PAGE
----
Workplace experience workshop at MOTAT

By: Lyndsay Whittle, Photography by: Lyndsay Whittle

Youth into Industry Students were taken step-by-step through the machines. Youth into Industry
Youth into Industry Youth into Industry
Youth into Industry Success story Jake Rouse has recently secured a job with Dickson's Transport and Quarries as a result of his participation in the programme. Youth into Industry
Youth into Industry Youth into Industry
Youth into Industry Students become teachers: the Tai Poutini students provide instruction on the correct use of a plate compactor. Youth into Industry
Youth into Industry A student receives tuition from the man himself. Youth into Industry

Doug the Digger author Alistair McIntyre hosts a worksite induction at the Infrastructure and Transport Educational Day at MOTAT in Auckland, to get youth to join the construction industry.

"As you walk around the site today, keep your hands out of your pockets, and when you meet people, look them directly in the eye — be proud of who you are and greet them with a firm handshake."

So says Alistair McIntyre (AKA Doug the Digger) to a group of 31 students from six Auckland high schools, who are attending a Doug the Digger workplace experience workshop at MOTAT to gain some hands-on experience in the construction, civil engineering, and trucking sectors.

McIntyre's passion and commitment to getting young people into the workforce is infectious to say the least. His enthusiasm has led him to form an organisation called Youth into Industry, involving likeminded company owners who volunteer their time to promote the cause.

These include people like father-and-son team Tony and Logan Collings, who were on hand throughout the entire day, providing the students with valuable advice on maintaining equipment. Fourteen-year-old Logan has taken time out of school in order to impart some of the knowledge he’s gained from his involvement in the family business.

It’s interesting to watch from the sideline and see the respect and attention paid to a young man of 14 by students who are considerably older. Incidentally, there was no texting going on and I didn't see one pair of hands in any pockets either.

Workshop _MOTAT_1

This was a big event, and the success of the day at MOTAT was in no small measure, the result of a collaborative effort between three key individuals.

Paul Swift, MOTAT's education manager, sought the participation of the attending schools, took care of on-site logistics, and coordinated the rotation of the various sessions, while McIntyre called-in several 'friends of the industry' who share his passion for placing young New Zealanders in positions which will, in time, be as beneficial to the country as it will be to the enthusiastic youngsters themselves.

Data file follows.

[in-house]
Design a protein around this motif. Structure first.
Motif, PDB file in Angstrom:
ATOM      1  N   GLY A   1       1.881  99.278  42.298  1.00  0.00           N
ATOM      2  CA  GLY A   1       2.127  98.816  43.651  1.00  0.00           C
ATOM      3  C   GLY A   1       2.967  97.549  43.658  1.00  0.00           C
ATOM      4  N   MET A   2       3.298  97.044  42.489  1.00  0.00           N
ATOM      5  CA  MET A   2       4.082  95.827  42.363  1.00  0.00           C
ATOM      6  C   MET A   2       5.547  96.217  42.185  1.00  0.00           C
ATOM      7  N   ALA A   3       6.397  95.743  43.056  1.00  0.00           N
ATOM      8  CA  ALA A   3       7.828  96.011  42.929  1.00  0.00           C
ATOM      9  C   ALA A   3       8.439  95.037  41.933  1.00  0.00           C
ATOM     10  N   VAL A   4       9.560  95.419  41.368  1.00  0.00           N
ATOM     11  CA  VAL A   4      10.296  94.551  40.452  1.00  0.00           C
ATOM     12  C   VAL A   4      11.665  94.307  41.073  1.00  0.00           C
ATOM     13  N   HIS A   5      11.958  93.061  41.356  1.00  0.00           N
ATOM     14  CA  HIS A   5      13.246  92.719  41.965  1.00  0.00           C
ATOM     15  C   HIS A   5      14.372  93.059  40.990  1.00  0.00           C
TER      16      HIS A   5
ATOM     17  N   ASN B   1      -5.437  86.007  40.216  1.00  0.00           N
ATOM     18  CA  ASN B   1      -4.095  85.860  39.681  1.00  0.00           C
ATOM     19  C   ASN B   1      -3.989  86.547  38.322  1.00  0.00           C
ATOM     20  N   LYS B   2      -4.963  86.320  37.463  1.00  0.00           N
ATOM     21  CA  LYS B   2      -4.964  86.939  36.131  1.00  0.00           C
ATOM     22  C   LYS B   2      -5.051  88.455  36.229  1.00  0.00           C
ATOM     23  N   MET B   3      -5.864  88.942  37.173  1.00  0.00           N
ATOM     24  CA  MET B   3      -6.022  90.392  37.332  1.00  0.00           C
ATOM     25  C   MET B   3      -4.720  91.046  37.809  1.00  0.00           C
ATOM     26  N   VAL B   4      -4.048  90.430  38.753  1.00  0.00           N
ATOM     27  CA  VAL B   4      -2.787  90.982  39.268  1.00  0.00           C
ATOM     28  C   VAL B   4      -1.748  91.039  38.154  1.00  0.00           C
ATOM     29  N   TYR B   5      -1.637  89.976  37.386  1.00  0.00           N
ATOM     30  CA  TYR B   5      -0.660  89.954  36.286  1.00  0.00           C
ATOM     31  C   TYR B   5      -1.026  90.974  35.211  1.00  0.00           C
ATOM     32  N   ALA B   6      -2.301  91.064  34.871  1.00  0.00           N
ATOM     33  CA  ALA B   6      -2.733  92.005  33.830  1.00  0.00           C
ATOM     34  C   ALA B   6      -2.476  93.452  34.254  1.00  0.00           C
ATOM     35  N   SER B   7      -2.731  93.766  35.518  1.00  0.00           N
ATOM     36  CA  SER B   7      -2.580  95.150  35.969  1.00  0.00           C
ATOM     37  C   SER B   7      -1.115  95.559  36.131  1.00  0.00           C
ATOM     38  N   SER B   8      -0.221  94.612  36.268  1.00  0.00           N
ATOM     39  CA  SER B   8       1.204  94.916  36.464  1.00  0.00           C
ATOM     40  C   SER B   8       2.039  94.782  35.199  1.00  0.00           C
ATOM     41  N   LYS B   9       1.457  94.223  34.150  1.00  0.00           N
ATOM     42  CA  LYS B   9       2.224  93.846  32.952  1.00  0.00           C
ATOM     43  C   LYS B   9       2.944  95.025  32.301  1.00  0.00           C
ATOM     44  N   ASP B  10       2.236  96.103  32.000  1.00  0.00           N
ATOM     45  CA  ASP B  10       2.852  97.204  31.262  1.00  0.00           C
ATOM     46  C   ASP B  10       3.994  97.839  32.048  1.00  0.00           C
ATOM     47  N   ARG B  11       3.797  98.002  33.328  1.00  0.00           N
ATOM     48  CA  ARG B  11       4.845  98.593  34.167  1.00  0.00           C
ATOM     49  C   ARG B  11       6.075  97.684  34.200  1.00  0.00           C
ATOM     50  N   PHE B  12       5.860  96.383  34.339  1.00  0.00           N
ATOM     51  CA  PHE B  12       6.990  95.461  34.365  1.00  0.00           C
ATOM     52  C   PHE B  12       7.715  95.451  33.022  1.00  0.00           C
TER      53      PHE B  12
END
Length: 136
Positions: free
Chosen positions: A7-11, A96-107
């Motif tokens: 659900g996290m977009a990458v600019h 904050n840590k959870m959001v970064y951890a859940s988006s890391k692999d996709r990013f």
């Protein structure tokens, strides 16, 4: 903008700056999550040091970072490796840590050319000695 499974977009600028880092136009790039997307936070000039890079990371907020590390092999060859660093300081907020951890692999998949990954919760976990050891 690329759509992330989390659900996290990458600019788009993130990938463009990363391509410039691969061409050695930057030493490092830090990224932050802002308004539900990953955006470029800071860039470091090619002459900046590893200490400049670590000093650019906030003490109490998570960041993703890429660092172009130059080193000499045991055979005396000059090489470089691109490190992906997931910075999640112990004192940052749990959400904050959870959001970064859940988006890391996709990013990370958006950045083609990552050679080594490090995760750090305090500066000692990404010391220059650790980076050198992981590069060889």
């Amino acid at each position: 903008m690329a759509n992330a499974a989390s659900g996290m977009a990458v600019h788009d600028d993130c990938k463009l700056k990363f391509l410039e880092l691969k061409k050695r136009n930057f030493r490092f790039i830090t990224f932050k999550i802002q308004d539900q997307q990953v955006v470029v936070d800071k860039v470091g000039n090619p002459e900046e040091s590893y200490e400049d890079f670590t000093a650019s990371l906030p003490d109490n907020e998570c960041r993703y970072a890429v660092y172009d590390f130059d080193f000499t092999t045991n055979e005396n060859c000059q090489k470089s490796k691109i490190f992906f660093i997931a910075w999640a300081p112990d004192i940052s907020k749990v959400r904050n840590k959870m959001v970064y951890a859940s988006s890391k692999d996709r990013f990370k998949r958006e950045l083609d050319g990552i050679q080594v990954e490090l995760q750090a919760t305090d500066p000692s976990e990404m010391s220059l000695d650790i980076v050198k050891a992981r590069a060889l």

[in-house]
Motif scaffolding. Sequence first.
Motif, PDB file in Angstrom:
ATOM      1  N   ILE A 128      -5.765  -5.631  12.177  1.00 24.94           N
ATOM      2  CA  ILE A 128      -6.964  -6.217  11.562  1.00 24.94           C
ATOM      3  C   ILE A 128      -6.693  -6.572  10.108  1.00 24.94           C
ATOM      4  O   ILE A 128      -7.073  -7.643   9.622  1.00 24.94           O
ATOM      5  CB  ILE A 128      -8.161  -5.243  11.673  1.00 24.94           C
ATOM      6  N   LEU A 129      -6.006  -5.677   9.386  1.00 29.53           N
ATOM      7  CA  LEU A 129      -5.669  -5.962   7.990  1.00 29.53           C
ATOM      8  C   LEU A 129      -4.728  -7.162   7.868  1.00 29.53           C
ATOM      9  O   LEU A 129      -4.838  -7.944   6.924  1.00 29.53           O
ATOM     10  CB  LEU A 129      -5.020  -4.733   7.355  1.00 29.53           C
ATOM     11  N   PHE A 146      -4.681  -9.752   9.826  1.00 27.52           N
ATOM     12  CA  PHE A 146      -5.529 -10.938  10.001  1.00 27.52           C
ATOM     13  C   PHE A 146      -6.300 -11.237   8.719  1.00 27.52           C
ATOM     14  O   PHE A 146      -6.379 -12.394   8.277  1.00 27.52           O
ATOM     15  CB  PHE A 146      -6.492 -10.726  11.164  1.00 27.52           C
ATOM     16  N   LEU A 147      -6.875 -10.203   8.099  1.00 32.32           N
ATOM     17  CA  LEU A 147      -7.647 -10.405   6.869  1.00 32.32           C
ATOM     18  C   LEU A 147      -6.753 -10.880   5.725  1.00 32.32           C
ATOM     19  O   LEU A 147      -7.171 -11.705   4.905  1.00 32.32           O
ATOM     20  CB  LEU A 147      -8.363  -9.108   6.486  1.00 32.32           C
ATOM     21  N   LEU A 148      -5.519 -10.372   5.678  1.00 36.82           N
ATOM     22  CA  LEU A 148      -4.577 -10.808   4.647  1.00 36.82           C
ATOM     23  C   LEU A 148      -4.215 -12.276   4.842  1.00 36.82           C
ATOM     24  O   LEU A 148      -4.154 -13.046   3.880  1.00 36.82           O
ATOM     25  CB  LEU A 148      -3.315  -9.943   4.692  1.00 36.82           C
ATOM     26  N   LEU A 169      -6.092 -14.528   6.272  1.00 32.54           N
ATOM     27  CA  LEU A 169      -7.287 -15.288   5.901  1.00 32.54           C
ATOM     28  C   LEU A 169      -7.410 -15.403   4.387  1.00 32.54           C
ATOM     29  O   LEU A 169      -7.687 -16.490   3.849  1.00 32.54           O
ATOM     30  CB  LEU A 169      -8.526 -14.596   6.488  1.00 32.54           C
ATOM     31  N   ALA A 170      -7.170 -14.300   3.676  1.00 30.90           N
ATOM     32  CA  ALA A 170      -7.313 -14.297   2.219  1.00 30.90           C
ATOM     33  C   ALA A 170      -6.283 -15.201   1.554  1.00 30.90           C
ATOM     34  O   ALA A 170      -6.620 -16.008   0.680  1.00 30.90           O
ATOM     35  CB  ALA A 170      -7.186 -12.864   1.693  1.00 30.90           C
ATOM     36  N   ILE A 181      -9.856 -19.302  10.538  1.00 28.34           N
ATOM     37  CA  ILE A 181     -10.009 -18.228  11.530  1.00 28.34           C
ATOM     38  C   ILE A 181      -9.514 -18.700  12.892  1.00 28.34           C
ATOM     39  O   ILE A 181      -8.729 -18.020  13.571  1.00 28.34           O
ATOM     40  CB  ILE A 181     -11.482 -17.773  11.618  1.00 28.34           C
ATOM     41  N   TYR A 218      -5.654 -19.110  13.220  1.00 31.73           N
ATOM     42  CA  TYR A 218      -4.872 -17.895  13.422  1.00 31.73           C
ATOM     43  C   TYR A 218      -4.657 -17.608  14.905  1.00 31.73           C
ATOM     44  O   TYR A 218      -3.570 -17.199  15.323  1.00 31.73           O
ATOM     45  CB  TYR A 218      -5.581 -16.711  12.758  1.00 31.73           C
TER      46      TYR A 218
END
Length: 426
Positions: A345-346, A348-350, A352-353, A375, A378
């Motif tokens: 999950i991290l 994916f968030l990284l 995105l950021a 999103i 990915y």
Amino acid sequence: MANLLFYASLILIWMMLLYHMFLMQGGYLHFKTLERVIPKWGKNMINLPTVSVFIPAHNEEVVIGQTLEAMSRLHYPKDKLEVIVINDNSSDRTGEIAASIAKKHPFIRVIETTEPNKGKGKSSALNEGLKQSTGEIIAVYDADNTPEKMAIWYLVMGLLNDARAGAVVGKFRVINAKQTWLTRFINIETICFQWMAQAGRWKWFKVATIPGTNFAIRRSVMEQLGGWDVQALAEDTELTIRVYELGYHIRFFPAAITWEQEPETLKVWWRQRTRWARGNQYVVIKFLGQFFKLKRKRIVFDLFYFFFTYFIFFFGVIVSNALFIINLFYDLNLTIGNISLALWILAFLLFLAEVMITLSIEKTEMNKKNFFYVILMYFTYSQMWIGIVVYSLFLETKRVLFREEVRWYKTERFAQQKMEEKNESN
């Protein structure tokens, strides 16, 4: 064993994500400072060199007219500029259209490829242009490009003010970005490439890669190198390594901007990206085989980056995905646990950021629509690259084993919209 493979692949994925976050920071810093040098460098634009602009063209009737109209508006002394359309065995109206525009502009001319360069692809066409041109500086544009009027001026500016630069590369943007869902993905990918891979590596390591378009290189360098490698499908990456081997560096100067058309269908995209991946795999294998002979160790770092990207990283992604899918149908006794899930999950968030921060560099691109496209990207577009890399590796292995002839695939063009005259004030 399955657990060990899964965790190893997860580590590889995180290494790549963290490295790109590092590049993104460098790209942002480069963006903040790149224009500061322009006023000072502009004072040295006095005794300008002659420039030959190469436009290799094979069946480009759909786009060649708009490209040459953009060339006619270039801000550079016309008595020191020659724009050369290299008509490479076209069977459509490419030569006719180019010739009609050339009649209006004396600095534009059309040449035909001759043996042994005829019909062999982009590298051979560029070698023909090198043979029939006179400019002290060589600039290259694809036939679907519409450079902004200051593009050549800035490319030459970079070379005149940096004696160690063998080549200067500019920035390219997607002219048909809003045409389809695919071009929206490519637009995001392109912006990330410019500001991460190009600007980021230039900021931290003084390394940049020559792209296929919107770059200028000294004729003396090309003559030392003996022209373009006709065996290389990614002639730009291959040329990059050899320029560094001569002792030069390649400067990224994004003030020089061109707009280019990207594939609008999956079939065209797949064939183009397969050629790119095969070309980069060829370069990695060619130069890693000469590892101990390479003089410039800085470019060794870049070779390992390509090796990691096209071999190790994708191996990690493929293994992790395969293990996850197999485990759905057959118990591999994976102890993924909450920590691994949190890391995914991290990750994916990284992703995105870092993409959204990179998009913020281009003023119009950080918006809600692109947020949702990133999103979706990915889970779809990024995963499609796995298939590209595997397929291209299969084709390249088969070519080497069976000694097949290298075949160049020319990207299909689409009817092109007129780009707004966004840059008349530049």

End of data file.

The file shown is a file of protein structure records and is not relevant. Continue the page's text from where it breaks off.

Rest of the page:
Swift also worked with MOTAT's workshop manager, Murray Wilson, to devise a comparison between a 1960s ACCO Butter Box International truck and RJ Doughty's brand new Mitsubishi Shogun, whereby the students who, much to everyone's amazement, found more similarities than dissimilarities in the two trucks, of which ages varied by some 50 years.

Happily for the programme, the enthusiasm didn't end there, as many other people threw their efforts wholeheartedly behind the event in order to bring such a large roadshow together.

Paula Rogers, executive officer of National Road Carriers Inc, was in attendance, along with David Aitken, CEO of the organisation, who gave an enthusiastic introduction at the induction, emphasising the sobering fact that in order for New Zealand industry to rationalise the numbers in its aging workforce, it needed more young people to come on board.

Operating machines was naturally a big part of the day, where students were able to try their hand, under instruction of course, at operating plate compactors, courtesy of Hirepool, and a CAT mini excavator supplied by Goughs.

Meanwhile, a new Mitsubishi Shogun was also present, courtesy of RJ Doughty Ltd, along with a truck-mounted crane belonging to Hiab Transport Ltd and operated by Dave Iles.

At the opposite end of the demonstration area was a nifty little excavator, accompanied by an impressive array of attachments. This stand was supplied courtesy of MWN Civil Ltd. Owner/director Mark Neilson DOW that it was about giving something back to the community.

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Not only had he volunteered himself and his equipment for the day, he showed his commitment to this philosophy by encouraging two of the students from Tai Poutini Polytechnic's Waikato Digger School to lead the instruction of the proper service and use of his valuable plant.

To add to the realism of the day, Jay, from NZ Drug Testing, had the mobile testing van on site and anyone wishing to take the test was welcome to do so. In any event, the students were taken through the various steps involved in workplace drug testing as a familiarisation of the process.

It is no exaggeration to say the entire event was only made possible by a bunch of selfless individuals who made their time and equipment available for an entire day, in order to hopefully encourage more young people into the workforce.

The true heroes of the day, however, were Alistair McIntyre, his colleague Barbara Busst, and his retired civil engineer dad, Fred, who was also there supporting his son's efforts. These people tirelessly continue to push the envelope, both with their time and considerable financial commitment to this worthy cause.

It's plain to see that the Doug the Digger programme is spearheading the way young people will be introduced to the workforce in the future, as gone are the days when dad could take his son or daughter to work for the day and gain life's experience in the old fashioned way. This is truly the way of the future.

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